PALM HARBOR — Helen Swierkos drank eight glasses of water a day, because her doctor said it was good — she even marked them off on a tally sheet to be sure. She ate right, even with a weakness for sweets.
She was a prim, proper, devout Catholic. She was so shy that she wouldn't ask neighbors to collect her newspapers if she went out of town — but she'd always collect theirs.
Life was this way ever since her older sister accidentally drowned. Mrs. Swierkos was 15 then. Her mother, a Lithuanian immigrant whose husband had also died, overprotected her daughter. When her girlfriends took a trip to Italy, she wasn't allowed to go. She lived at home until her mother's death at age 86.
She didn't get married until she was 50. She had no children. She never got to spread her wings.
But she had nine nieces and nephews who did.
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They put her obituary in the newspaper.
SWIERKOS, Helen T., 91, of Palm Harbor, died at home April 7, 2008. "Our Dear Aunt," these words express how her nieces and nephews felt about their Auntie Helen. She was involved in our childhood years, bringing us shopping, sleep overs, going to our sporting events and helping us financially.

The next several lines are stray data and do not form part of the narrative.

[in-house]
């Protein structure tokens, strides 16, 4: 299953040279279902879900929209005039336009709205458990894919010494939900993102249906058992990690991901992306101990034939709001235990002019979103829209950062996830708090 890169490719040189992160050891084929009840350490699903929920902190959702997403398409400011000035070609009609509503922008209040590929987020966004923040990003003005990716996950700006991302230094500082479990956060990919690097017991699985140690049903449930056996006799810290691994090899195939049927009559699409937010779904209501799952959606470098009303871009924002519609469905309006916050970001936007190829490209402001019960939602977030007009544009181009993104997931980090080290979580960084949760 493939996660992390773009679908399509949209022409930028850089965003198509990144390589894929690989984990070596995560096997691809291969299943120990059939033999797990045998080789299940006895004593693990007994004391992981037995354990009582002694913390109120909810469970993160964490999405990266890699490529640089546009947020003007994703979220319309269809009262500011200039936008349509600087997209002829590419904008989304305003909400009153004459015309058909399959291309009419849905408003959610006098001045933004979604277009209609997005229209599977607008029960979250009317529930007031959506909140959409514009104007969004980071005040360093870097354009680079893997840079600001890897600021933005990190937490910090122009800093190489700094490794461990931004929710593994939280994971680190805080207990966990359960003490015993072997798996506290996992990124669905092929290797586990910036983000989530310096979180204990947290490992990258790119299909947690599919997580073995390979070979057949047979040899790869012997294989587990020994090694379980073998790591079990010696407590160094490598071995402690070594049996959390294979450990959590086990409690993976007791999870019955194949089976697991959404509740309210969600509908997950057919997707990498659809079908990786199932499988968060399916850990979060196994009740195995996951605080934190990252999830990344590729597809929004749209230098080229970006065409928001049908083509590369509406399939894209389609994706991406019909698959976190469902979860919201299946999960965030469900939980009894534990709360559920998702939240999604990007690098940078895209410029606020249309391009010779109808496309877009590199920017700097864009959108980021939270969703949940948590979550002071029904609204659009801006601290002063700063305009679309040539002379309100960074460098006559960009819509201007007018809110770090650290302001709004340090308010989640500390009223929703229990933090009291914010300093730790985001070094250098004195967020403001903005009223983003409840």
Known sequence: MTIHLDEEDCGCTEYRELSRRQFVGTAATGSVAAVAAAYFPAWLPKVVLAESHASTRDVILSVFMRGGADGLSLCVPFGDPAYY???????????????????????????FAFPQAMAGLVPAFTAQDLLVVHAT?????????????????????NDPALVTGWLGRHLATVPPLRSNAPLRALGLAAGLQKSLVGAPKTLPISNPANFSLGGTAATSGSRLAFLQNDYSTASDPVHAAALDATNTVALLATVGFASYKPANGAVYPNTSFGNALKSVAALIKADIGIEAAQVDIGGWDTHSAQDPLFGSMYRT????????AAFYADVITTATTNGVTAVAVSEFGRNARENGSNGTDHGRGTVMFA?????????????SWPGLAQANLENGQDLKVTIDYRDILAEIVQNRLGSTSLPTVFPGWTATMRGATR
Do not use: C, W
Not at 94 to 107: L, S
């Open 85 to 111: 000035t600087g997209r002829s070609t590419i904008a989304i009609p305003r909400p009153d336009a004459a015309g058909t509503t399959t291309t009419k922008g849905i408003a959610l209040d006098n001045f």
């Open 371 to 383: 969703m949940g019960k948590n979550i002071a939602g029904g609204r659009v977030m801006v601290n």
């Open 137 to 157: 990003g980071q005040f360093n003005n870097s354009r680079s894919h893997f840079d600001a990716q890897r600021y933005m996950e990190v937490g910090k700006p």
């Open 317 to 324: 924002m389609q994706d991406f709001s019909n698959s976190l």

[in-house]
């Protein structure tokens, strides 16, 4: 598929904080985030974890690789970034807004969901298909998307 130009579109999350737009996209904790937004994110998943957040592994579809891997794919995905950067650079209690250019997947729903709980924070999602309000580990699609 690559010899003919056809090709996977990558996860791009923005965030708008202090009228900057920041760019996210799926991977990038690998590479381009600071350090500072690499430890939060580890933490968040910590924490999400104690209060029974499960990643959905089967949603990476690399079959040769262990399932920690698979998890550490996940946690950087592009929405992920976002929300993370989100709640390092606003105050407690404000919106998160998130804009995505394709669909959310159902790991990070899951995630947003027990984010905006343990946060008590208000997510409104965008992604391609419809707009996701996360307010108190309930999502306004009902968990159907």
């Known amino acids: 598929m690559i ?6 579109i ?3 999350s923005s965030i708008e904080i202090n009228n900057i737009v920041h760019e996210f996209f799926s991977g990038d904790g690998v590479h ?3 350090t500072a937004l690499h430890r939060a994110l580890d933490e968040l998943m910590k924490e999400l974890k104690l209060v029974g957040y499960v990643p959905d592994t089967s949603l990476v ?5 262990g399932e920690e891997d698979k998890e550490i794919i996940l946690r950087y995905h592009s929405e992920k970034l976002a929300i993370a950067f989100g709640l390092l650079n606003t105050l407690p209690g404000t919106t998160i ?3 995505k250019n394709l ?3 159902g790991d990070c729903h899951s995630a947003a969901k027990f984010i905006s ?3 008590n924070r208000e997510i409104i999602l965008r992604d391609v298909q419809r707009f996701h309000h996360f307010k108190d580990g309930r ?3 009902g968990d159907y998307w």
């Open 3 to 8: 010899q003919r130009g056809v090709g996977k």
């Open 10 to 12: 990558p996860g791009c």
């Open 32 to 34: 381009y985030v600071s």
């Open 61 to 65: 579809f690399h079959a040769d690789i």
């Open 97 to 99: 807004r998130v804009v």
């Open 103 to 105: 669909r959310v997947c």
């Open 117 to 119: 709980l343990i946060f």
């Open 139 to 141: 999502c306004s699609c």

She enjoyed their every move. She wasn't one for dirty jokes, but if the kids slung one, she'd chuckle along. She watched them laugh, eat junk food, have a drink now and then. When her nephews played in football games, she wore the team colors, cheered them on and saved all the newspaper clippings.
One time, she made a confession to her niece, Penny McQuaig: "I wish I was you."
"She was living her life through us," said McQuaig, 63.
Still, she found her own ways to enjoy life. She took senior bus trips to casinos. She was transfixed by video poker machines. She never won big, but she refused to leave the machine if it was "hot." One time, her niece found her sipping a 99-cent strawberry margarita at a slot machine at 10 a.m.
Seventeen years ago, she moved next door to McQuaig in Palm Harbor. Their homes were separated only by a little pathway. Mrs. Swierkos volunteered at the hospital and knitted blankets for charity. She trimmed her own palm trees, cut her own grass, went antique shopping.
She suffered from pulmonary disease, asthma and colon cancer. Her nieces and nephews surrounded her, visiting and watching football games on TV. Her nurses and neighbors, too, called her "auntie." Eventually, her mind started to fog.
And finally then, she started cracking jokes.
Stephanie Hayes can be reached at firstname.lastname@example.org or (727) 893-8857.